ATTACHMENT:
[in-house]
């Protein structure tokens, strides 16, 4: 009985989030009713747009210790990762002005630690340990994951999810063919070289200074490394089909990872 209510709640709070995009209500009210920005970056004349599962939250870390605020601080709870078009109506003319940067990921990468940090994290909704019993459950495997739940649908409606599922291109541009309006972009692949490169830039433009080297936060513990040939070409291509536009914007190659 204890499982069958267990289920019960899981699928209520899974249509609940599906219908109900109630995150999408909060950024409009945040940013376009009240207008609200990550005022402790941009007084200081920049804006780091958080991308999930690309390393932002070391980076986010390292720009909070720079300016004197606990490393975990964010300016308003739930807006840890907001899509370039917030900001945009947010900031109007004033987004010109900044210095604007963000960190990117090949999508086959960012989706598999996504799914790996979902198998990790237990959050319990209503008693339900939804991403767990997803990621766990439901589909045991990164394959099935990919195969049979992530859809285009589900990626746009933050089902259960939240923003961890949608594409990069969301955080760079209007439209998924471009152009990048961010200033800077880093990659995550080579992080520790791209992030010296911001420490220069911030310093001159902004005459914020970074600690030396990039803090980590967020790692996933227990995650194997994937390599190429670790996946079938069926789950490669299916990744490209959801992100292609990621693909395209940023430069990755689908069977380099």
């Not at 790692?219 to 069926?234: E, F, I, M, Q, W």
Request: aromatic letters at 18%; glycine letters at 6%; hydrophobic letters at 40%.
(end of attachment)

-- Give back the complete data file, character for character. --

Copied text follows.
[in-house]
């Protein structure tokens, strides 16, 4: 009985989030009713747009210790990762002005630690340990994951999810063919070289200074490394089909990872 209510709640709070995009209500009210920005970056004349599962939250870390605020601080709870078009109506003319940067990921990468940090994290909704019993459950495997739940649908409606599922291109541009309006972009692949490169830039433009080297936060513990040939070409291509536009914007190659 204890499982069958267990289920019960899981699928209520899974249509609940599906219908109900109630995150999408909060950024409009945040940013376009009240207008609200990550005022402790941009007084200081920049804006780091958080991308999930690309390393932002070391980076986010390292720009909070720079300016004197606990490393975990964010300016308003739930807006840890907001899509370039917030900001945009947010900031109007004033987004010109900044210095604007963000960190990117090949999508086959960012989706598999996504799914790996979902198998990790237990959050319990209503008693339900939804991403767990997803990621766990439901589909045991990164394959099935990919195969049979992530859809285009589900990626746009933050089902259960939240923003961890949608594409990069969301955080760079209007439209998924471009152009990048961010200033800077880093990659995550080579992080520790791209992030010296911001420490220069911030310093001159902004005459914020970074600690030396990039803090980590967020790692996933227990995650194997994937390599190429670790996946079938069926789950490669299916990744490209959801992100292609990621693909395209940023430069990755689908069977380099």
């Not at 790692?219 to 069926?234: E, F, I, M, Q, W």
Request: aromatic letters at 18%; glycine letters at 6%; hydrophobic letters at 40%.